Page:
There are also those who believe that organized crime figures may have murdered Malcolm X because of his effective crusade against narcotics, alcohol and crime in Harlem.  His successful efforts to clean up the streets were achieved by introducing members of the community to black pride, the doctrines of Islam and   the creation of jobs through the establishment of independent black businesses supported by the NOI.  However,   the mafia’s involvement has been dismissed by investigators and most of those who were closest to Malcolm.
All fingers pointed to Muslims who were jealous of Malcolm’s growing success at recruiting many of Elijah Muhammad’s followers into the Muslim Mosque Incorporated (MMI).   Many Muslims believed Malcolm X was rivaling their leader and trying to smear Elijah Muhammad’s reputation by publicly denouncing him as an adulterer.  Muhammad had accepted Malcolm as a son and felt that Malcolm had betrayed him and the NOI by deviating from the true goals of the Islamic faith and peaceful teachings of the Koran.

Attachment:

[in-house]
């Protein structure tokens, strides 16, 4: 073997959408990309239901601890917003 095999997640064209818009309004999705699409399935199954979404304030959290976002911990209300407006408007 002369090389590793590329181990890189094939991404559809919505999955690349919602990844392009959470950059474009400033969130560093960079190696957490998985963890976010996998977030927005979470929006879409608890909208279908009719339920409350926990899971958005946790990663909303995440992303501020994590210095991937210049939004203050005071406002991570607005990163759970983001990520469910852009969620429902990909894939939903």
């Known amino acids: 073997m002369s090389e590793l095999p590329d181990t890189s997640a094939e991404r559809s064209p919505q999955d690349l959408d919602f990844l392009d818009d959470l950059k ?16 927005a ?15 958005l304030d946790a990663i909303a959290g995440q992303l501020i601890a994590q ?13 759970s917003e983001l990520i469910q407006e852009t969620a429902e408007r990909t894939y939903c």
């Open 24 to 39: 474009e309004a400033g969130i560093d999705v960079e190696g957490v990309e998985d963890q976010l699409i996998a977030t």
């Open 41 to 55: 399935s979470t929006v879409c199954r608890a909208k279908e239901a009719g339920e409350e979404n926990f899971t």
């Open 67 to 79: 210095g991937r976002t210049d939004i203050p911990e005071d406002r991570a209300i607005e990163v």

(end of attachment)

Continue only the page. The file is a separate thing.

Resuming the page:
When President John F. Kennedy was assassinated in 1963, Malcolm said    that Kennedy “never foresaw that the chickens would come home to roost so soon.”  This comment was against Elijah Muhammad’s orders to not make any statements regarding Kennedy’s death and led to his suspending Malcolm X from any and all activities related to the NOI ministry.  In defiance of the suspension, Malcolm proceeded to set up his own mosque.  Muhammad then forbade all Muslims to speak to Malcolm.